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Howdy,
Long time reader first time poster.
I'm new to woodworking and are making my second coffee table. It's going to be 3 large recycled stringy-bark wharf beams. I have dressed them and sanded them back, I'm happy with how they are looking but are concerned about people getting splinters if the run their hands across the surface.
The plan was to finish it with Tang oil and some Gilly Stephenson's timber polish (bees wax). Is there anything I can do to stop splinters happening, the sanding has stopped most of them but I think there could still be a few.
 

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On the spot you are showing I would be inclined to mix some bondo the almost black brown it is and fill it. There also clear epoxy fillers you could use. Just mask off the surrounding wood, fill it and sand it smooth. The tung oil should be enough to bring the sheen back.
 

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I've used clear epoxy and then some colorant to mimic the grain pattern. Mix some colorants with some epoxy on the side to use as accents , blend some additional epoxy tinted to be the base color, pour this mix into the cervix,. Then using the other color mix to accent grain pattern. Tom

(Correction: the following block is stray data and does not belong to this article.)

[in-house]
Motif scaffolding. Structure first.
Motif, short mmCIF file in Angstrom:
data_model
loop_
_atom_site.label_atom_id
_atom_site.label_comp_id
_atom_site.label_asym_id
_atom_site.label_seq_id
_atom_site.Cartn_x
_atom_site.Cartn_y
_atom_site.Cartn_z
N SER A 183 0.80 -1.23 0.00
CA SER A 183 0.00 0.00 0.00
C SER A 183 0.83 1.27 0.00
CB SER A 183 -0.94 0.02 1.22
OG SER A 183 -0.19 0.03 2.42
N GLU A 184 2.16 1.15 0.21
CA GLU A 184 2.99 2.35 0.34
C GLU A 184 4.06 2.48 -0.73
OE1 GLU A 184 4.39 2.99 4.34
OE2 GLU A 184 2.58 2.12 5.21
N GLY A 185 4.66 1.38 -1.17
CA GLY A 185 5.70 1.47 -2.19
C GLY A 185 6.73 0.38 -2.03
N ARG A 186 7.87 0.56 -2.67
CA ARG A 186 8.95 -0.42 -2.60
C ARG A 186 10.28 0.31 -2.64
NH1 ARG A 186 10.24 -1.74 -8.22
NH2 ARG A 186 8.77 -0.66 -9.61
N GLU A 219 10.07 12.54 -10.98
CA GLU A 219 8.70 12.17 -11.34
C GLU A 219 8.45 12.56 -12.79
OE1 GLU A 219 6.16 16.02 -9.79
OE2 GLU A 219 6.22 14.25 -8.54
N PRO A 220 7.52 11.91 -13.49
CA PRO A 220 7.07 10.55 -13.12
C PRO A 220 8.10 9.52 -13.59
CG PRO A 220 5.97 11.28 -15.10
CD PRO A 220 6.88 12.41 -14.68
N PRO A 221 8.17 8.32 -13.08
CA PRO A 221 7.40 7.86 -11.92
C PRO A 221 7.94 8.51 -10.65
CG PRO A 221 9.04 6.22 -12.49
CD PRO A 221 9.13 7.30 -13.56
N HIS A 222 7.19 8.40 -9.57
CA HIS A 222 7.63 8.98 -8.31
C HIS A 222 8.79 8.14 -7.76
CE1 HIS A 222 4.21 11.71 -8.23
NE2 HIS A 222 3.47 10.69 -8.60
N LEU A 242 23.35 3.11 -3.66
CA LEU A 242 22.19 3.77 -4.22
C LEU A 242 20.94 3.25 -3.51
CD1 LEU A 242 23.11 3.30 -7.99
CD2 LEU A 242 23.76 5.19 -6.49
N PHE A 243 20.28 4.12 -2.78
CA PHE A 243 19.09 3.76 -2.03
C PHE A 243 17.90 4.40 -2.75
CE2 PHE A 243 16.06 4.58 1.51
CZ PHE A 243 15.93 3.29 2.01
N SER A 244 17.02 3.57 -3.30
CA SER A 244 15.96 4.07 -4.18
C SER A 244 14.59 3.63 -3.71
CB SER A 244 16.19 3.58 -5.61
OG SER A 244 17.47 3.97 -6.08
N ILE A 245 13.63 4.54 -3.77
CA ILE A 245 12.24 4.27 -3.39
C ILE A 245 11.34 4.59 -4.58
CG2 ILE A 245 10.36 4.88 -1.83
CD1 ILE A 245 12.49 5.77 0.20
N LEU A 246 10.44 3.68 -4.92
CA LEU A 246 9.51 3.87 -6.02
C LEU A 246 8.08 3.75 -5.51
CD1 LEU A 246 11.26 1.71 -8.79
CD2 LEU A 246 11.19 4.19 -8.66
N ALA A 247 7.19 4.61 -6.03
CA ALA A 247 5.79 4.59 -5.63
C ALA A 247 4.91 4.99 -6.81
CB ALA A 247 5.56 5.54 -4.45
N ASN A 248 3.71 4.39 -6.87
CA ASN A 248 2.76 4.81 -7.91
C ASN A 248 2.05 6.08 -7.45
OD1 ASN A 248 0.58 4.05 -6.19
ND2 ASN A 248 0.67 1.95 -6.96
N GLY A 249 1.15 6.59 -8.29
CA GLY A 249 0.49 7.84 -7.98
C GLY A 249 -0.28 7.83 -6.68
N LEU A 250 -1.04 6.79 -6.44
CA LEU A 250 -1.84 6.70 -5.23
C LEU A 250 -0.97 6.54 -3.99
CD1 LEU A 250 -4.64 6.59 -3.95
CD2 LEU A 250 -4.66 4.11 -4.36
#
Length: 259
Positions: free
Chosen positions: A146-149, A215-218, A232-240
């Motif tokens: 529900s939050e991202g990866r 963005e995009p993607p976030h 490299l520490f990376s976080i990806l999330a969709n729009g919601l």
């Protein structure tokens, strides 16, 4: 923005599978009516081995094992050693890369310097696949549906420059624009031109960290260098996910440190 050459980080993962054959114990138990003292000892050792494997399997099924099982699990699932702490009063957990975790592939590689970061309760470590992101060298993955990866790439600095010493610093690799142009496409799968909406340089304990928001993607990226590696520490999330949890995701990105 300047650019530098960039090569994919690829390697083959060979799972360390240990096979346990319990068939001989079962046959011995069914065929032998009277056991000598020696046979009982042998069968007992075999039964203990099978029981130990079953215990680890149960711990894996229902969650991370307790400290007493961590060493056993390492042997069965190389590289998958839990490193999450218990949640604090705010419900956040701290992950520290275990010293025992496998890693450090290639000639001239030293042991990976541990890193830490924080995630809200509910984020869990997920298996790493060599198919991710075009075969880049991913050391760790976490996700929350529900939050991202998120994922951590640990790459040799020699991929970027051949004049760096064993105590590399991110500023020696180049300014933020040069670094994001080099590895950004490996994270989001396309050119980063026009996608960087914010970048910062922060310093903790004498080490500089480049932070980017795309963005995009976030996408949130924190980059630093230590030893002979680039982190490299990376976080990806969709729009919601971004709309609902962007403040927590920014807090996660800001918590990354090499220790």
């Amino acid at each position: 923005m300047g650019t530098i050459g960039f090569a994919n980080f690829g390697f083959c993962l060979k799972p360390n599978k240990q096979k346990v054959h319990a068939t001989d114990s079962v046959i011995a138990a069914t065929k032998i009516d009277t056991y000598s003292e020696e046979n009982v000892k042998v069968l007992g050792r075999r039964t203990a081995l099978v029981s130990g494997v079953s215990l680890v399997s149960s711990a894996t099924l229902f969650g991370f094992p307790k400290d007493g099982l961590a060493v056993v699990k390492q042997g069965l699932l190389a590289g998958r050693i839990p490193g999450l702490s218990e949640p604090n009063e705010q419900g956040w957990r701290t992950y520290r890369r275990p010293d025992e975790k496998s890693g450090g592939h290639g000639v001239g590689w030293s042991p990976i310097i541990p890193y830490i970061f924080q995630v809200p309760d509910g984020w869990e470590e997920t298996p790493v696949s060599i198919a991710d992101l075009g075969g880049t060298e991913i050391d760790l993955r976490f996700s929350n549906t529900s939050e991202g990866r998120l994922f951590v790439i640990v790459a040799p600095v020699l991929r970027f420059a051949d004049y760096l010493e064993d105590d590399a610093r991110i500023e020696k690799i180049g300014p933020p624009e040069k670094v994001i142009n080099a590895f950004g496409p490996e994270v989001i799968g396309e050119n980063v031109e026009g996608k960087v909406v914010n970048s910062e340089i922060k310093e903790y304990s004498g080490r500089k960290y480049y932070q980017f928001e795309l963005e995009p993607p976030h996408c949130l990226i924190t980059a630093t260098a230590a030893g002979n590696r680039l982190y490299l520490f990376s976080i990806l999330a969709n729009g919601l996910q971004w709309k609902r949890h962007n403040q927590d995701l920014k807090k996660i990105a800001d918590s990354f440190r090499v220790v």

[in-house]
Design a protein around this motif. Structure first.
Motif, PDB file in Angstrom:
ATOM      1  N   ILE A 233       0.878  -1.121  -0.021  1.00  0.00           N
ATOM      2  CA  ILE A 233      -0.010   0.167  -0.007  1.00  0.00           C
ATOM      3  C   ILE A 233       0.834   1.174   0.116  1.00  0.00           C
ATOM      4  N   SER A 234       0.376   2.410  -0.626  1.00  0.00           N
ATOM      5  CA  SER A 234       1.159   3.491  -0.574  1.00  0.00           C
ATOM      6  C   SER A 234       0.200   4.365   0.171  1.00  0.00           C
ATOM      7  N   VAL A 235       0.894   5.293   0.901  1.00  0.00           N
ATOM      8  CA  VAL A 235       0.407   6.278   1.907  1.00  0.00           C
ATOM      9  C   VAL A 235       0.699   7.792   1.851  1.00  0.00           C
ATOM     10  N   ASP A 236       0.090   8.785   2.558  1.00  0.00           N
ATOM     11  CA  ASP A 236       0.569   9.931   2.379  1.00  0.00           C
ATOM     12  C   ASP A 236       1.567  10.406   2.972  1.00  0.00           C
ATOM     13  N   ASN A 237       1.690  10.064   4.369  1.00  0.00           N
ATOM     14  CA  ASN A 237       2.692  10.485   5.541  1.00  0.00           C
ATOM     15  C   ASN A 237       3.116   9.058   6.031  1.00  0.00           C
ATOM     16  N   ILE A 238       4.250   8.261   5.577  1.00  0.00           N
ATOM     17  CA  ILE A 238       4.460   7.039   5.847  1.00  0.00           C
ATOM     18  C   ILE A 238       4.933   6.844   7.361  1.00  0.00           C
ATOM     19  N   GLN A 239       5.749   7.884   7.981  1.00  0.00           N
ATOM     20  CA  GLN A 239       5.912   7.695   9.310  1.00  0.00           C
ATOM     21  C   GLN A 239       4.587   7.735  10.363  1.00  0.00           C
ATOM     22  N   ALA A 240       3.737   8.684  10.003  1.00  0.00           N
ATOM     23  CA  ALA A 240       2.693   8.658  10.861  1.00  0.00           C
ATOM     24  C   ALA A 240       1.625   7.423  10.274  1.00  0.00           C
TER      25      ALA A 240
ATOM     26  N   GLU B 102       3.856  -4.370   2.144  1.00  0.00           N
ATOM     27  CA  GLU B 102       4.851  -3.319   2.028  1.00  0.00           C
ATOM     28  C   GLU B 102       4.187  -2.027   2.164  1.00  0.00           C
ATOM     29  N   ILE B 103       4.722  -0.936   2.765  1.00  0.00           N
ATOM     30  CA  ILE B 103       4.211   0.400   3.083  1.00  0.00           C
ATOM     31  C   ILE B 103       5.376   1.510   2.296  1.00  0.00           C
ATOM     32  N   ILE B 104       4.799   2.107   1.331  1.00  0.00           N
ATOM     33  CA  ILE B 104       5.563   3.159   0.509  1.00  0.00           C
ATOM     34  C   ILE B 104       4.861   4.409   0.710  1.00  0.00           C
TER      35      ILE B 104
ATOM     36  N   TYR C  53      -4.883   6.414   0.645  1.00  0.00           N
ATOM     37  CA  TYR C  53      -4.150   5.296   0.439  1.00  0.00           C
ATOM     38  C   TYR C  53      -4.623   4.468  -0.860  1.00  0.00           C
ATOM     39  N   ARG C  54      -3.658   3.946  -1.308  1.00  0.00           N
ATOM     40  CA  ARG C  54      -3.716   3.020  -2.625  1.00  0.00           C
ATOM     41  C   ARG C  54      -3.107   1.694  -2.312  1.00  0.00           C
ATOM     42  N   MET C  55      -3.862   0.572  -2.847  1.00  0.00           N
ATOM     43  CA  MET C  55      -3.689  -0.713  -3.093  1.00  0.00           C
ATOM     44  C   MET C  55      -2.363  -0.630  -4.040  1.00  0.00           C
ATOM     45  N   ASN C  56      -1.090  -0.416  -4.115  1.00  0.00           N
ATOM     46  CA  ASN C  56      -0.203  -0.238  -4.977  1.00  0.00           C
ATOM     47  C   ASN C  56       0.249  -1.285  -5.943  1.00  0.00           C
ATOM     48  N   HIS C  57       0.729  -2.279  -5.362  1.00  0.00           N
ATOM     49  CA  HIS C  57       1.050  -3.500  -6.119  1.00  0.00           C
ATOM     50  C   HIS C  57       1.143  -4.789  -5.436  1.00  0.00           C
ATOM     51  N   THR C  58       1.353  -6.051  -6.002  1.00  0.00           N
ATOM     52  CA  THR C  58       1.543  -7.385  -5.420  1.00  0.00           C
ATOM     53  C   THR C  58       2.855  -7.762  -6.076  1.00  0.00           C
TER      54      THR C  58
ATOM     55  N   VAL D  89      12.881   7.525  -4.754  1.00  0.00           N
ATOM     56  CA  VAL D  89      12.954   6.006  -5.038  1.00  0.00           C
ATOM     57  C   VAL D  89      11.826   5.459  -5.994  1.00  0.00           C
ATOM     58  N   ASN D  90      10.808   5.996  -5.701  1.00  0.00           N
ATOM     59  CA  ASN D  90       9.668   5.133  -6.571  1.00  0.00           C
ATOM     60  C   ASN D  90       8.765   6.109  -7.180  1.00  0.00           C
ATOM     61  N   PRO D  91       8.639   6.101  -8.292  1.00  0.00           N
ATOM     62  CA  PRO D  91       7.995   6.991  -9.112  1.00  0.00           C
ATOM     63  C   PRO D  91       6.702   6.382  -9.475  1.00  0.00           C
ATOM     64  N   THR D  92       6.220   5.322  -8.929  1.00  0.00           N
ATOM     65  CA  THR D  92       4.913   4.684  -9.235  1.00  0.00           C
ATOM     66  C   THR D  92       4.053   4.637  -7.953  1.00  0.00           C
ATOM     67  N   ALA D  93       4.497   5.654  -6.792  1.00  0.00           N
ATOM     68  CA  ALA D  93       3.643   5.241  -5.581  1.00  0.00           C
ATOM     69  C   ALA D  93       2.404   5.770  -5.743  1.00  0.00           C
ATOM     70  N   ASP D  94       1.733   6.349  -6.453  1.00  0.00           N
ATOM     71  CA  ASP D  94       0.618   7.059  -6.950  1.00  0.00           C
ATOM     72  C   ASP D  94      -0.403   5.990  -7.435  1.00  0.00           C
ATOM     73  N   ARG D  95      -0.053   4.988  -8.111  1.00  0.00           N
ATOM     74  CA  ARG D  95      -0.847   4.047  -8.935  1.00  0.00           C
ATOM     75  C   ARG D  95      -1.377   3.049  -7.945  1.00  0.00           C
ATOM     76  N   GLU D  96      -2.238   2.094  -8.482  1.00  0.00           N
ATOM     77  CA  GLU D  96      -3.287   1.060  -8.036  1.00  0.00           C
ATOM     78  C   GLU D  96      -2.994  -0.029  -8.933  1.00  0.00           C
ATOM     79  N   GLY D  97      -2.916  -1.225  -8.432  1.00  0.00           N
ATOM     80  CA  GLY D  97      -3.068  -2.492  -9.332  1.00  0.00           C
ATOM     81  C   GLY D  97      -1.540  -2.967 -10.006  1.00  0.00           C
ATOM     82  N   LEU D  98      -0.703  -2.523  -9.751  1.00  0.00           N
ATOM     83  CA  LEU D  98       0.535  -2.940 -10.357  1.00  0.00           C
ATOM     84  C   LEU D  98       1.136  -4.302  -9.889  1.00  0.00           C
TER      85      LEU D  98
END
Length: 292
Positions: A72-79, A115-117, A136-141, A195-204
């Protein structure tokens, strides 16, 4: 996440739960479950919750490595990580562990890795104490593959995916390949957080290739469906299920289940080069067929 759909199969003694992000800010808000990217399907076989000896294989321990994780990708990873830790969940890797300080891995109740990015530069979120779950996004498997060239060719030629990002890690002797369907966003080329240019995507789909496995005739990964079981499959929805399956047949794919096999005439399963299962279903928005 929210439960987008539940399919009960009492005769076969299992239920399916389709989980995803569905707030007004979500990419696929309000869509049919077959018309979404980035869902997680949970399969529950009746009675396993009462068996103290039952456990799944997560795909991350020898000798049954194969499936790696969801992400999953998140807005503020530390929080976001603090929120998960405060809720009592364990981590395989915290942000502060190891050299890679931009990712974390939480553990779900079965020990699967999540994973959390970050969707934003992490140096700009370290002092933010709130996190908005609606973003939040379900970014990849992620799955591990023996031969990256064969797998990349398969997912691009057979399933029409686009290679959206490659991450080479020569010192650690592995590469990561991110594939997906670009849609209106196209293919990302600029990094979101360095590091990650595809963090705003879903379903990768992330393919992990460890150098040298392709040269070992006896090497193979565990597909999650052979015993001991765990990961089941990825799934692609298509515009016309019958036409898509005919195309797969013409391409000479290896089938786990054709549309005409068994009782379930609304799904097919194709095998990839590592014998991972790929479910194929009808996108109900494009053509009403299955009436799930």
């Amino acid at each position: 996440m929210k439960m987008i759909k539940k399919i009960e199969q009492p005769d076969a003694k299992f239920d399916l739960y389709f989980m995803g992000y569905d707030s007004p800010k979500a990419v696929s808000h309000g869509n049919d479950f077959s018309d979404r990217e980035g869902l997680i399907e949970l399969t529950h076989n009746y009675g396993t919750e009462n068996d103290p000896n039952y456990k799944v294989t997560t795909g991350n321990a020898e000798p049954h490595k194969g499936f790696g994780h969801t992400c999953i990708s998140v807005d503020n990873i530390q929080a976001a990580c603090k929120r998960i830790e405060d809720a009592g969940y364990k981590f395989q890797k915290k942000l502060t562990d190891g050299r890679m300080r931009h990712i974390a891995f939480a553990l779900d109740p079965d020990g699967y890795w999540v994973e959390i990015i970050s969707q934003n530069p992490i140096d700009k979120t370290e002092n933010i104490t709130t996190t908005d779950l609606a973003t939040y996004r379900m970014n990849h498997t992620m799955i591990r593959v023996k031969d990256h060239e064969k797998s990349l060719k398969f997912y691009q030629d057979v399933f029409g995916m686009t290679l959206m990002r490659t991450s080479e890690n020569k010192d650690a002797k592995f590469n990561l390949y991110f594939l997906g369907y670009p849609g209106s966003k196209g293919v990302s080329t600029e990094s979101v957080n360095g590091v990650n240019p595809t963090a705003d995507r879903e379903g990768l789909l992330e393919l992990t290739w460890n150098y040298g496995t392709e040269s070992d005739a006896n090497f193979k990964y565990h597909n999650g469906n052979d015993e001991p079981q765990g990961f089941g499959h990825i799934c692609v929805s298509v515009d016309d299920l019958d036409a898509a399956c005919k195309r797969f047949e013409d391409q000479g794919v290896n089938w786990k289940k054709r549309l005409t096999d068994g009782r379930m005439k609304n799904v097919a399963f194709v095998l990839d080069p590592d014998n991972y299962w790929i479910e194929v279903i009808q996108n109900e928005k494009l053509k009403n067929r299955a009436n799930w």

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Hi WoodWorkinghelp101,

It looks like it is already in the correct orientation, yet I would share (like floors) a piece of wood that will receive human contact of rubbing (traditionally) is only oriented Bark Side Up. This mitigates the severity and/or length of splinters, and is the way wood was usually oreiented in the past typically.

I don't employ modern materials nor care for the plastic look that is gotten from epoxies (for the most part.) The methods thus discribe by other posters do work and very well in my view. For a more traditional fix I would just use a hide glue and fill all voids with a mix of this and saw dust colored to the tone you wish.

I would share a good mix of traditional Pine Rosine, Beeswax, Flax, and Tung Oil should lock down the splitters more than well enough. 3 coats would do just as good as most epoxy applications for this and is a simple finish to redo and/or reverse. Stripping epoxies and other plastic finishes is a nightmare...assuming it can be done at all...

Regards,

j
 
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